not in our stars, but in ourselves
As any good movie fan would be, I’ve been following awards season mayhem with some slight interest. For the most part, I pay attention to the fashion, and that’s mostly it. Usually, the winners of these major awards (Golden Globes and Oscars being the most major) are really just the films, actors, and filmmakers with the best publicity machines. It’s marketing. That’s about it. Not usually worth getting excited about.
This year, however, I do feel that I have a dog in the fight. 12 Years a Slave was a great film, first of all. It was a total work of art, in the truest sense. Second of all, it was (is) a tremendously important film. We are not used to experiencing the actual, daily, lived anguish and horror of slavery. We have cast that out of our minds, because it’s too despicable to contemplate. I realize I quote Nabokov an awful lot around here, and he’s talking about something else (and something much more personal), but he expresses it better than anyone, as usual:
What chatty Madam Shpolyanski mentioned had conjured up Mira’s image with unusual force. This was disturbing. Only in the detachment of an incurable complaint, in the sanity of near death, could one cope with this for a moment. In order to exist rationally, Pnin had taught himself, during the last ten years, never to remember Mira Belochkin – not because, in itself the evocation of a youthful love affair, banal and brief, threatened his peace of mind (alas, recollections of his marriage to Liza were imperious enough to crowd out any former romance), but because, if one were quite sincere with oneself, no conscience, and hence no consciousness, could be expected to subsist in a world where such things as Mira’s death were possible. One had to forget – because one could not live with the thought that this graceful, fragile, tender young woman with those eyes, that smile, those gardens and snows in the background, had been brought in a cattle car to an extermination camp and killed by an injection of phenol into the heart, into the gentle heart one had heard beating under one’s lips in the dusk of the past.
No conscience, and no consciousness. How could either exist in a world with slavery – especially the horrifyingly commonplace slavery in Solomon Northup’s memoir? It is important never to forget, and never to allow such cruelty to return (though of course, it has returned time and again). Steve McQueen’s film is, at the very least, a brilliant way to ensure that no one who’s seen it is able to forget.
I am pleased that, where it’s been nominated for Best Picture, it has won for the most part. As I say, I tend to see awards season as a sign of marketing prowess, or even merely as a popularity contest; it is rewarding to see that – even if only because they’re too scared not to give it all the awards – Hollywood has responded by placing crowns of laurels on the film itself. Good for you, Hollywood.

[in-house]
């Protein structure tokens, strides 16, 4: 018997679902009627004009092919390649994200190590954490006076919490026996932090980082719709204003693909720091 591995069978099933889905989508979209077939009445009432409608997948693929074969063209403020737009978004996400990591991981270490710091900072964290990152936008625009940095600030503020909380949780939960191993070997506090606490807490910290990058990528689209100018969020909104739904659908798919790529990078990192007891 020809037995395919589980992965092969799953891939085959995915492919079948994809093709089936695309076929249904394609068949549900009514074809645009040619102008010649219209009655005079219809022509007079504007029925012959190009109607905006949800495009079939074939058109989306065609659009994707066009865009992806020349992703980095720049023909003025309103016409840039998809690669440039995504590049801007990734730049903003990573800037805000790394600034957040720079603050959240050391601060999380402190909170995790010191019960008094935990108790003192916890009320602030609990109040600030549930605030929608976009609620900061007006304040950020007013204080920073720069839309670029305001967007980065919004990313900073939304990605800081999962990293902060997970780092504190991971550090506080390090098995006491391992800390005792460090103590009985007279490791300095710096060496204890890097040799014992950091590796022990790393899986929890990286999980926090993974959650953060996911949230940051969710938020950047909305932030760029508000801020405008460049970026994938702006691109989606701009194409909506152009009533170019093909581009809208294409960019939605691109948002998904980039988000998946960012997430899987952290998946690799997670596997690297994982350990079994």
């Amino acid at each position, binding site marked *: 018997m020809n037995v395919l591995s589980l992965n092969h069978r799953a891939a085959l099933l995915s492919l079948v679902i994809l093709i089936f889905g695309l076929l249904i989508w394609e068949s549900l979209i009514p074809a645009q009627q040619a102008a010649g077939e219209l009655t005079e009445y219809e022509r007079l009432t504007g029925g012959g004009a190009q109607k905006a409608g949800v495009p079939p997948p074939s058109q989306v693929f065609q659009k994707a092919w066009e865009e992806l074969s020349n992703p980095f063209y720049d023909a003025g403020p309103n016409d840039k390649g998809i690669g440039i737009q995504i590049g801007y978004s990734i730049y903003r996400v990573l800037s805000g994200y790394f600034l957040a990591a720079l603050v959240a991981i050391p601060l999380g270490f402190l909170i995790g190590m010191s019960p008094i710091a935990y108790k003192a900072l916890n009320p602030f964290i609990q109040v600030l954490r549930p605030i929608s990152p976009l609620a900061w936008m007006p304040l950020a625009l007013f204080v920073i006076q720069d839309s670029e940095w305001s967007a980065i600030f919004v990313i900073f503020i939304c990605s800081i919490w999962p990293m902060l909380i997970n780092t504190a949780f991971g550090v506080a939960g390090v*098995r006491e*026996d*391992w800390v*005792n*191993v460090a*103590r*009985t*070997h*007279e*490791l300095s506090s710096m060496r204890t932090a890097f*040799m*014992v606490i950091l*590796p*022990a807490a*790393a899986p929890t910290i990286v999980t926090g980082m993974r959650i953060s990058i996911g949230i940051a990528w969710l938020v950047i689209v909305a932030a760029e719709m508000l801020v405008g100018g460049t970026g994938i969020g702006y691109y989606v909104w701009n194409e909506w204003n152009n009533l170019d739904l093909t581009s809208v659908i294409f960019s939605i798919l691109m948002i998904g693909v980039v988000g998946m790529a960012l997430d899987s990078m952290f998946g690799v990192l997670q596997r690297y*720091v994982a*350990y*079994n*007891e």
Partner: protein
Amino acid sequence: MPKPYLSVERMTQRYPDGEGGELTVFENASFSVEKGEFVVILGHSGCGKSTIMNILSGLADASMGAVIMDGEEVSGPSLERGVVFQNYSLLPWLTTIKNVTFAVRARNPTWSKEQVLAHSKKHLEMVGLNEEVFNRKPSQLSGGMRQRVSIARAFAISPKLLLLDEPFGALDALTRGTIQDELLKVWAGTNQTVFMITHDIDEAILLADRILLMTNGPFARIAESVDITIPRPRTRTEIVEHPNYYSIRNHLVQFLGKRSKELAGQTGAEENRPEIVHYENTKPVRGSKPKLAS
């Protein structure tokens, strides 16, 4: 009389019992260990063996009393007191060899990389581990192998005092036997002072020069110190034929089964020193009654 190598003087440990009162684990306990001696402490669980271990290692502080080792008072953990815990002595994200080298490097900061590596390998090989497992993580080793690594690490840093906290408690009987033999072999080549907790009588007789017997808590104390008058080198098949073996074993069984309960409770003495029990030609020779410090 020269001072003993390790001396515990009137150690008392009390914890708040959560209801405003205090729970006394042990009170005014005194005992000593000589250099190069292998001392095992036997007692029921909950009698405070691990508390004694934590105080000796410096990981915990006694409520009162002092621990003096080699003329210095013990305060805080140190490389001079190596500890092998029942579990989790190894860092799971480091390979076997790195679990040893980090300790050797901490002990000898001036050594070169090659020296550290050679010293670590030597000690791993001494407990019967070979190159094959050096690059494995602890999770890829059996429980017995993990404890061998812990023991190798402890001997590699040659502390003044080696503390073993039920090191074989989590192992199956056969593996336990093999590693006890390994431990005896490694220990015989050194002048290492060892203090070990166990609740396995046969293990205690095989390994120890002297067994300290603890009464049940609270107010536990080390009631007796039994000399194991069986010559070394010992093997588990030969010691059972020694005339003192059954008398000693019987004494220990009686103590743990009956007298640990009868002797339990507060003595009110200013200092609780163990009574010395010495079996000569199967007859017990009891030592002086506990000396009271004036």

I was extremely displeased with Jennifer Lawrence’s win for Best Supporting Actress (for American Hustle) over Lupita Nyong’o at the Golden Globes. I will be honest: I haven’t seen American Hustle yet. It might be a lot of fun, and I do eagerly anticipate Fat Bale. But there is just no way that America’s favorite case of body dysmorphia out-acted Queen Lupita. Fortunately, the SAG Awards corrected this oversight, and Queen Lupita was justly rewarded for her performance.
Indeed, Nyong’o has become quite the media darling these past few months. She is so poised, so stylish, so beautiful and so gracious – an Audrey Hepburn for our time, in many ways, but with about 300% more acting talent. (Sorry, Audrey.) I think that’s wonderful. To see an African woman with dark skin, natural hair, and a beautifully strong body so celebrated – for herself, her great work, her intelligence, her talent, not for her Othered sexuality or her objectified body – is refreshing, to say the least.
But something has been forgotten in the shuffle. No – someone. While Nyong’o, McQueen, and the film itself have been the recipients of many honors this awards season, Chiwetel Ejiofor and his masterful performance as Northup have been quietly ignored, it seems. He has won awards this season, to be sure, but mostly critics’ awards, film societies’ awards, that kind of thing. Without Ejiofor’s extraordinary, restrained, despairing (and still hopeful) performance as Northup, there is no 12 Years a Slave. All the artful directing in the world couldn’t save the film from a weak central performance. With McQueen’s direction and Ejiofor’s acting combined, the film ascends beyond mere biopic into something much more. There is no movie without Chiwetel Ejiofor. None.
The Oscars concern me this year. The trend has been to reward Matthew McConaughey for Dallas Buyers Club. No, I haven’t seen that one either. Maybe it’s great. I don’t know. McConaughey has tempted the Academy with the catnip that is physical transformation: he actually lost tons of weight for the role! Whoa! Such commitment!
Then again, Leonardo Di Caprio has been gunning for an Oscar for most of his adult life – and who knows, The Wolf of Wall Street might finally be the drink that wears the Academy’s resistance down. I don’t mean to denigrate Leo. He is a talented actor, and he probably should have gotten an Oscar by now.
But please, not this year. Please, Academy voters, listen to me. Give everything to McQueen, to Nyong’o, and to Ejiofor. I beseech you: pretend that you care about people who aren’t white men. Just this once. Try it.